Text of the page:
New LADWP Commissioner Mia Lehrer on Environmental Design, Systems Planning and Resiliency

VX News shares an interview of renowned LA landscape architect, Mia Lehrer, the newest appointee to the LADWP Board of Commissioners. Mia reflects on her firm's mission of advocacy by design as a process for making places that are environmentally significant and culturally meaningful to people and communities and helping implement projects—funded through bond measures and policies brought forward over time, whether on water, water conservation, shade, trees, or walkability.

Mia, “advocacy by design” is how you describe your firm’s mission.  Elaborate.

As we developed this construct of advocacy-by-design as a team, it was all about how we can make places that are environmentally significant and culturally meaningful to people and communities; how we can help implement projects—funded through bond measures and policies brought forward over time, whether on water, water conservation, shade, trees, or walkability and the enhancement of our streetscapes.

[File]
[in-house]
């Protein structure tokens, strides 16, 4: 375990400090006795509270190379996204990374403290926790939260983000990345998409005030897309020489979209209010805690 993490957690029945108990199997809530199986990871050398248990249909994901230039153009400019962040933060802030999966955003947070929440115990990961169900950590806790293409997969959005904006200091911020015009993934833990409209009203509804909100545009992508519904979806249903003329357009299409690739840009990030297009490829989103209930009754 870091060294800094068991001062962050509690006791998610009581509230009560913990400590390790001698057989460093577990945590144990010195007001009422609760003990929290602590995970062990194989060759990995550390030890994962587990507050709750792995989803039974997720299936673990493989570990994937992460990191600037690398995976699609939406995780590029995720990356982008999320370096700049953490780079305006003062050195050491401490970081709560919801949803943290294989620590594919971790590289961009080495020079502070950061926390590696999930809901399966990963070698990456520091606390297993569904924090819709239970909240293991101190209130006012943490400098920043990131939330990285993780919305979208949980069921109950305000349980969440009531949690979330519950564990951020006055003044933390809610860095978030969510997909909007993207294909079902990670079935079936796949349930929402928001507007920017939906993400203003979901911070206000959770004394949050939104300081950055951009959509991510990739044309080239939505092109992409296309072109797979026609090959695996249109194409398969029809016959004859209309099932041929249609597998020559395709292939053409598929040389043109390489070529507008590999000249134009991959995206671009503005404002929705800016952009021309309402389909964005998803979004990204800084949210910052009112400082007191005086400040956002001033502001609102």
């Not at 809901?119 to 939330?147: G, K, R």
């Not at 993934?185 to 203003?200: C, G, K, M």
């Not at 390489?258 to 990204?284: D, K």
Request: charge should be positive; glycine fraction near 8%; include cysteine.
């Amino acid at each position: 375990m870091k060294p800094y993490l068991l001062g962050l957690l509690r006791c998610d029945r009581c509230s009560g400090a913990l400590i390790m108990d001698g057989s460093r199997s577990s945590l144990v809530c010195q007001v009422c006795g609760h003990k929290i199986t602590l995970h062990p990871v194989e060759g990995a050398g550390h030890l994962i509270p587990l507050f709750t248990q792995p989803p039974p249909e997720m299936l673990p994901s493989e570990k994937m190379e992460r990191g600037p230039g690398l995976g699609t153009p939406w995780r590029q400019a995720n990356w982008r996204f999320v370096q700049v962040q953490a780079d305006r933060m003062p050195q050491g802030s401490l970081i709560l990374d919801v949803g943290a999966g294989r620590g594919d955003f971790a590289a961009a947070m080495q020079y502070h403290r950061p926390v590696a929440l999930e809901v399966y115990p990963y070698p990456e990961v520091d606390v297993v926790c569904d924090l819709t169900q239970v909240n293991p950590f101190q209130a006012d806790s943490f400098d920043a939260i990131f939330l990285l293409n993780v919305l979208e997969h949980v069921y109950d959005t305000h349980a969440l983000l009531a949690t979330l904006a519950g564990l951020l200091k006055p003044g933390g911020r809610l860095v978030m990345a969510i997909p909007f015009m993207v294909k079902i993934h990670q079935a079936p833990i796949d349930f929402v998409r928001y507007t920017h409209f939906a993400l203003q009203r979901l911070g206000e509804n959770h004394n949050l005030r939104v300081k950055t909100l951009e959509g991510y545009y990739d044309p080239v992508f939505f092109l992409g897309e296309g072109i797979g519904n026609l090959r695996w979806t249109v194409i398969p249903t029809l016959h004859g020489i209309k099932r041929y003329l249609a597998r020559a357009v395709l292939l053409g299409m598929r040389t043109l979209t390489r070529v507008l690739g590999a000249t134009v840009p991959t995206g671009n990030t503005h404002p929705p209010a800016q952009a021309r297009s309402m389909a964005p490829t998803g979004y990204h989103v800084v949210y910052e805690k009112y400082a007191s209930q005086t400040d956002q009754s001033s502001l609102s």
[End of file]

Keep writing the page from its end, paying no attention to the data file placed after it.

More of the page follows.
By helping people understand the design process, read drawings and make informed choices about what the look and feel of a place might be, we are advocating for great places and helping the leadership in our cities bring design to reality, to a three-dimensionality that sometimes seems very academic or very legislatively clunky.   

Drill down on a few project examples. Elaborate, for example, on how the Natural History Museum in Los Angeles and the Yaroslavsky LA River Greenway are examples of Studio-MLA’s approach to ecological design.